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That's a great question. I think Intel, while having problems of their own early on, has established that the X25m is the benchmark for all other SSDs to be judged against. And while the Western Digital SiliconEdge Blue wasn't a great performer, I'd take its pedigree over many of the former RAM guys that have decided SSDs are a great new revenue source. Show me your drives are good after mainstream usage for a few years and I'll feel a whole lot better about recommending them.

I guess the other thing we could do to help would be to thrash the drives in our lab until they cry "no mas!" But even then, it's hard to equate 100 hours of SSD thrashing to real world life expectancy.

I think Brian, as well as most others are buying into the non-sequitur, marketing 'branding' hype. A familiar name = quality/performance. I know of one guy on another forum, so disgusted with prior experiences with WD HDD's that he categorically dismisses anything made by WD as an guarantee of data loss :D. Kind of like having the old 'deathstar' syndrome with IBM.

So if all of these Intel SSD drives only had the Micron name on them, would you hold them in such high regard...I surely doubt it! Many a SSD has similar sequential Read speeds, much faster writes, and yet the masses only equate the familiar name "Intel" with quality. The Intel/Micron SSD's (which is what they should be properly referred to) have top 4k performance in *some* test benchmarks, so the masses automatically equate that with a grand overall superiority without seeing actual data, say time improvements in seconds/minutes to do- day in and day out computing, that the "average" consumer uses (which is what most here seem to believe is the *only* useful metric) in a day or over longer time.

In the end if there is a 10%-50% greater *test* benchmark result of 'simulated' real-world use, what exactly does that mean? Well if it were boot times only, and you went from a HDD booting (just simple OS start up) in 29sec, down to 20sec (28% increase) and you had to pay 50%-500% more for that SSD, is it "disruptive" performance or just a snooze? If on the other hand you use Photoshop all the time, for certain operations in specific file sizes, you might gain >50% reduction in times that are on the order of minutes. Then to such a person, a SSD does show vast speed up of work being done. All relative to what you computing consists of, to a large degree, yes?

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I think Brian, as well as most others are buying into the non-sequitur, marketing 'branding' hype. A familiar name = quality/performance. I know of one guy on another forum, so disgusted with prior experiences with WD HDD's that he categorically dismisses anything made by WD as an guarantee of data loss :D. Kind of like having the old 'deathstar' syndrome with IBM.

So if all of these Intel SSD drives only had the Micron name on them, would you hold them in such high regard...I surely doubt it! Many a SSD has similar sequential Read speeds, much faster writes, and yet the masses only equate the familiar name "Intel" with quality. The Intel/Micron SSD's (which is what they should be properly referred to) have top 4k performance in *some* test benchmarks, so the masses automatically equate that with a grand overall superiority without seeing actual data, say time improvements in seconds/minutes to do- day in and day out computing, that the "average" consumer uses (which is what most here seem to believe is the *only* useful metric) in a day or over longer time.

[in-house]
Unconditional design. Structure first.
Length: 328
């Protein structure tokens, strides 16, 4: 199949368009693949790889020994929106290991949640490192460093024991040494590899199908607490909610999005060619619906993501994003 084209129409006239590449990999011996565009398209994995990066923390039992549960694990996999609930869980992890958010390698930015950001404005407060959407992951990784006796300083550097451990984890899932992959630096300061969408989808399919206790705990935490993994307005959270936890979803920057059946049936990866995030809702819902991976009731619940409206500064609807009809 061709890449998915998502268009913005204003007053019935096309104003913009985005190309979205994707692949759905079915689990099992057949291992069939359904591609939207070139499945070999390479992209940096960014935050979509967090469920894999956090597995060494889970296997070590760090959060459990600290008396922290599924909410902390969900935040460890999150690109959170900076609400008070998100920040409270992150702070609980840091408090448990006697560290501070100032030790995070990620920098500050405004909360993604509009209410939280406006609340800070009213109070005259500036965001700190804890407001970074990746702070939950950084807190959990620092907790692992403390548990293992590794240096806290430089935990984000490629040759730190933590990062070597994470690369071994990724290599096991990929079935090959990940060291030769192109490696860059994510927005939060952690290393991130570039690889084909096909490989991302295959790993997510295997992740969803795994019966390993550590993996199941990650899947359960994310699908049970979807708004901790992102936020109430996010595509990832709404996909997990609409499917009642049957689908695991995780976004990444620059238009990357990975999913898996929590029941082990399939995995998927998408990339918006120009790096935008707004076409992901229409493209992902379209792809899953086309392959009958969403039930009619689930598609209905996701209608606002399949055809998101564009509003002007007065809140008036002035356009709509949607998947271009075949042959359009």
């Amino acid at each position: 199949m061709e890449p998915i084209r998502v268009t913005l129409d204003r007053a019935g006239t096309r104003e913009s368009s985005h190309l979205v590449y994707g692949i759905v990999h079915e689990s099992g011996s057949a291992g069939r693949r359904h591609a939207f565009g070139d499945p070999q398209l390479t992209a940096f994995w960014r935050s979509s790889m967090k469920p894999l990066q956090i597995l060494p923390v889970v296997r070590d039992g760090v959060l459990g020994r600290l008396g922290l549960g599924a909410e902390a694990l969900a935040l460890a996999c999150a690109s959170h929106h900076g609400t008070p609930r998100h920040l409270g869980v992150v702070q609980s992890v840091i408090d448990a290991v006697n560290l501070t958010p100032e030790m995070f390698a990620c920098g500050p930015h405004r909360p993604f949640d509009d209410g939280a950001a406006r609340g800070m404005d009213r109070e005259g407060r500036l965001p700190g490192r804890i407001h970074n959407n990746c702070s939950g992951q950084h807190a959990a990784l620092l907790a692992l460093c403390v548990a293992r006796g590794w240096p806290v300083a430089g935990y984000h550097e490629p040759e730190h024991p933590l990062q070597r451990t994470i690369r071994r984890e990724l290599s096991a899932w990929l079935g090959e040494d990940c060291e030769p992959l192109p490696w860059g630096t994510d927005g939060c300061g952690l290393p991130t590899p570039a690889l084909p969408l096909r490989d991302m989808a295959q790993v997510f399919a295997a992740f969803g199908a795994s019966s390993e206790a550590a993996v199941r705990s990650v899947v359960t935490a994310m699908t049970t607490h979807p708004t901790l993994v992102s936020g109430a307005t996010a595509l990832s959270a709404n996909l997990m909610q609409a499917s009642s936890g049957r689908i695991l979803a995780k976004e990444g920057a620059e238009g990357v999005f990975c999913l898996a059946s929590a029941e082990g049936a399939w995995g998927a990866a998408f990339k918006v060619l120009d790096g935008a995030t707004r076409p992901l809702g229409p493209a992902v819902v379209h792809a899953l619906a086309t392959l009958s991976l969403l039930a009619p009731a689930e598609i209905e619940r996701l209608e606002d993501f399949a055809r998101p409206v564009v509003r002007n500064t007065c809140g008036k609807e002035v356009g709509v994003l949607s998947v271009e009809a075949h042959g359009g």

In the end if there is a 10%-50% greater *test* benchmark result of 'simulated' real-world use, what exactly does that mean? Well if it were boot times only, and you went from a HDD booting (just simple OS start up) in 29sec, down to 20sec (28% increase) and you had to pay 50%-500% more for that SSD, is it "disruptive" performance or just a snooze? If on the other hand you use Photoshop all the time, for certain operations in specific file sizes, you might gain >50% reduction in times that are on the order of minutes. Then to such a person, a SSD does show vast speed up of work being done. All relative to what you computing consists of, to a large degree, yes?

So what exactly do you want to say? Because I don't see it... ???

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That's a great question. I think Intel, while having problems of their own early on, has established that the X25m is the benchmark for all other SSDs to be judged against.

Time is relative, depends on how many months you go by :). Seems like many a vendor including the 'established' names are having problems with SSD's, that includes Intel/Micron. They may have had 'fewer' issues, but that hardly makes them the 'icon' to hold up to as a short-lived 'benchmark'

Hmm, and I thought the X25-Xtreme was the bad boy...now dethroned by some newer products, only to be dethroned by the next new 'gen' of drives later this year. Constant flux :D

Don't know if the SF1200 controller in both 3yr & 5yr warranty OWC SSD's has identical firmware outside of the over-provisioning, but they appear to be identical otherwise. If so, the 100GB, and presumably the newer 400/480GB would exceed the X25E on most benchmarks?

see result of single and 2x raid (software at that) tests here:

http://www.barefeats.com/hard130.html

^Seagate Cheetah 15K.7 3.5" SAS looks pretty sad in comparison.

All in flux, by the end of the year, we shall have a new 'crop' of drives fighting for the lead, with the Micron/Intel 25nm process, going against Samsung's 20nm...and others?

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Beating Intel on benchmarks is one thing, but beating on price and support is another. I think you have to ask yourself if you trust that the company you're buying from will be able to support the drive for the several year time window you expect it to live. When I hear from several SSD companies that they can't afford to send out review samples, that tells me they're operating on razor thin margins and with a few bad quarters they could be out of the SSD business.

The other thing too is I think you have to see who's doing something unique. The SF-1200 is a great example. Let's say 10 companies sell a consumer use version of an SSD with the SF-1200 inside. Of those 10 more than half are just taking someone else's drive, that has the SF-1200 processor inside, and slapping their label on it. Not creative or interesting. A few of those 10 will use the processor, and assemble the drives on their own. And 1 or 2 of the set will ask SandForce to make a custom firmware, as OCZ has done. Of course this hold true for any of the processor companies I'm sure, the SF-1200 is just so popular now it makes for a good example.